Selling Innocence: Human Trafficking Along the I-90 Corridor
The selling and purchasing of human beings happens every day in America, and the Erie area is no exception.
"This is happening in Erie, Pennsylvania, this is happening everywhere,” Paul Lukach, executive director of the Crime Victim Center said. “It's not foreigners coming into our country, most of the time it's domestic people, they're stealing our children they're stealing our young ones and forcing them into human and sex trafficking."
Much of the trafficking that happens in Erie occurs on highways like the I-90 Corridor which connects Erie to major throughways and cities like Buffalo, Pittsburgh and Cleveland. This makes Erie a prime location for traffickers and a constant battle for law enforcement agencies and community organizations trying to save victims from modern day slavery.
“As drugs travel, people travel, I-79 and I-90 intersect, we're an hour and half from I-80, which means that people are brought here, they're sold for a couple of days and they're moved onward," Betsy Wiest, the social justice coordinator for the Sisters of St. Joseph, said.
"They are trafficking victims so fast through cities, and they are very organized for all wrong reasons,” Lukach said. “When the heat gets raised they get on to another city."
Part of the heat comes from the work of community organizations and law enforcement like Millcreek Police and the FBI, which helped in the first prosecution of sex traffickers in the Erie area last year. Another law enforcement group in the fight against human trafficking is U.S. Customs and Border Protection, which along with the FBI and local law enforcement identified many victims of human trafficking in Pennsylvania last year.
"The exact number is not known because this type of crime often goes under reported,” U.S. Border Patrol Agent Robert Signorino said. “In Pennsylvania, last year there were 127 cases reported with over 250 victims identified.”
The agency has the Blue Campaign, a means for reporting suspected human trafficking, and the See Something Say Something campaign to educate the public on identifying suspicious activities and reporting them to the proper authorities.
"The United States Border Patrol is often used as a threat to help control victims of human trafficking but being identified by us could be the lifeline needed to help break the cycle of control and fear," Signorino said.
Joining them in helping break that cycle are community groups like the Crime Victim Center, Sisters of St. Joseph, Women of the Evangelical Lutheran Church of America, and Gannon University. For many years, the groups have promoted awareness, provided advocacy, and helped victims of human trafficking directly. The latter two have partnered with the national “Saving Our Adolescents from Prostitution” project, taking informational packets to local motels, hotels, and gas stations with soap, and red flags to look out for people to identify victims.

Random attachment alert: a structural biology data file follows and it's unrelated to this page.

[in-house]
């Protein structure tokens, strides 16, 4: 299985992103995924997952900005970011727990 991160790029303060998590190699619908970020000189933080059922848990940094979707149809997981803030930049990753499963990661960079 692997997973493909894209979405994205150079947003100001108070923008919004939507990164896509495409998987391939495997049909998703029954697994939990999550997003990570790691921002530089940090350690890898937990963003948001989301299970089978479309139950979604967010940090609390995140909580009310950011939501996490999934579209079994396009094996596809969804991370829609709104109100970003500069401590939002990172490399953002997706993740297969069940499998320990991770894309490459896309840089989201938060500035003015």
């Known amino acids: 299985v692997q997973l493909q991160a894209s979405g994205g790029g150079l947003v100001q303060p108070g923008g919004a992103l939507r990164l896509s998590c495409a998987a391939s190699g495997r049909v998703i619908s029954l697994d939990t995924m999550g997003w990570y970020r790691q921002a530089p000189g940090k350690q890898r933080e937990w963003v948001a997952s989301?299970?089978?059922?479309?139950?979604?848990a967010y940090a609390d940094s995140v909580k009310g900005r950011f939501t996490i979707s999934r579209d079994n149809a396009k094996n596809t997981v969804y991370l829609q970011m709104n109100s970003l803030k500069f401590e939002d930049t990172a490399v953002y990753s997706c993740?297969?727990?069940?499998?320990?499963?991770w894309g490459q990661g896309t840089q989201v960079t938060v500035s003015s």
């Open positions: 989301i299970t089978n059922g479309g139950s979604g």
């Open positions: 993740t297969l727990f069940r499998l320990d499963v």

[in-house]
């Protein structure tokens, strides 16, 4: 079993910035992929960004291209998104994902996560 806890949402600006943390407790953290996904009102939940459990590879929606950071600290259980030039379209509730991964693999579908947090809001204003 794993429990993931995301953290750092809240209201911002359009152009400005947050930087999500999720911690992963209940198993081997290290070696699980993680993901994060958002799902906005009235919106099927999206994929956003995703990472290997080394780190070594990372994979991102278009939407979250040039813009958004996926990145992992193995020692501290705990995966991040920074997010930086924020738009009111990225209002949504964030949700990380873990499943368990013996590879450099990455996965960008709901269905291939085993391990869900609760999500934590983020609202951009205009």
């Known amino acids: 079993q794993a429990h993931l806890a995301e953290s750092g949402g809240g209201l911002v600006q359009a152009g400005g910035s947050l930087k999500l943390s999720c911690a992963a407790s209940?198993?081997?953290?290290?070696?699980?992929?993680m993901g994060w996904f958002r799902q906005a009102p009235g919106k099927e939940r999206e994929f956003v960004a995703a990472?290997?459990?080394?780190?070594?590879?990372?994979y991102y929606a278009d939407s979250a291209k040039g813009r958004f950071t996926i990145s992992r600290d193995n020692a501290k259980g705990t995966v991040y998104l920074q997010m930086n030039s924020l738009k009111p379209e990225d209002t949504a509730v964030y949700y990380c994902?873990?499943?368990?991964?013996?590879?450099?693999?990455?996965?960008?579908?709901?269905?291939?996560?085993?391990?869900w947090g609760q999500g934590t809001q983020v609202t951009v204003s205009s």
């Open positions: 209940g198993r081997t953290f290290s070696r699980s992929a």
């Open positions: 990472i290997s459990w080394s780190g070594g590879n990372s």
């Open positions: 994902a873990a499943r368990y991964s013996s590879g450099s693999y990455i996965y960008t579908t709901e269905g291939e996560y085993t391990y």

“We put the National Human Trafficking Hotline on them with a label, we distribute them to rest stops on the interstates, we take them to Country Fairs,” president of the Northwestern Pennsylvania synodical women’s organization Patricia Bellingham said. “We take them wherever a kiddo might use the bathroom, in the past year or so we've distributed thousands and thousands of bars of soap.”
The Sisters of St. Joseph were one of the first to raise awareness of the issue in the Erie area.
"We have sponsored films, we have spoken to people, we have done trainings, we have partnered with the Crime Victims Center in bringing awareness,” Wiest said. “We have partnered with the Erie Metropolitan Transit Authority who has put bus placards in their buses that talk about human trafficking.”
They are currently also partnering with several lawmakers in the area to make the rest stop signage, that warns of human trafficking and gives the National Human Trafficking Hotline number, more effective. Currently, most signs are posted only in the lobby areas of rest stops, but House Bill 1513, pushed by State Representative Bob Merski and others, plans to place the signs directly in bathroom stalls. This will allow the victim to see the number without the pressure or fear of their trafficker being present.
Still with all the work being done by community organizations and law enforcement, there are ways the public can help fight human trafficking as well. One of the main ways traffickers acquire victims is through online interactions with minors. Posing as a minor, traffickers will establish online relationships with real children and teens, a process experts call grooming. This is one reason advocates like Wiest and Bellingham recommend monitoring your child’s online activity.
Another way to help is to look for signs. National child advocate Rhonda Sciortino suggests five signs that could indicate a person is being trafficked. Some signs could be that the young person is dressed inappropriately or the adult seems mismatched with the young person. Drugs are one of the most powerful tools traffickers use to control victims, so a child looking sleepy or drugged could be an indicator that something’s wrong. Another sign is the young person seems anxious or scared or is in an inappropriate place or out at an odd time.
"For example, you’re coming home from a move at night and you see a girl who can't be more than 11 or 13 years old standing outside a bar,” Sciortino, said.
There could be more signs as well, but ultimately you get the feeling that something just doesn't seem right.
“Learn normal patterns of behavior, when something is out of place you will notice it, Signorino said.
If you believe you or someone else may be a victim of human trafficking contact the National Human Trafficking Hotline for help, 1-888-3737-888.
"If we can save one person, then it's worth all the work and all the effort," Wiest said.
READ MORE: Selling Innocence: Survival and Recovery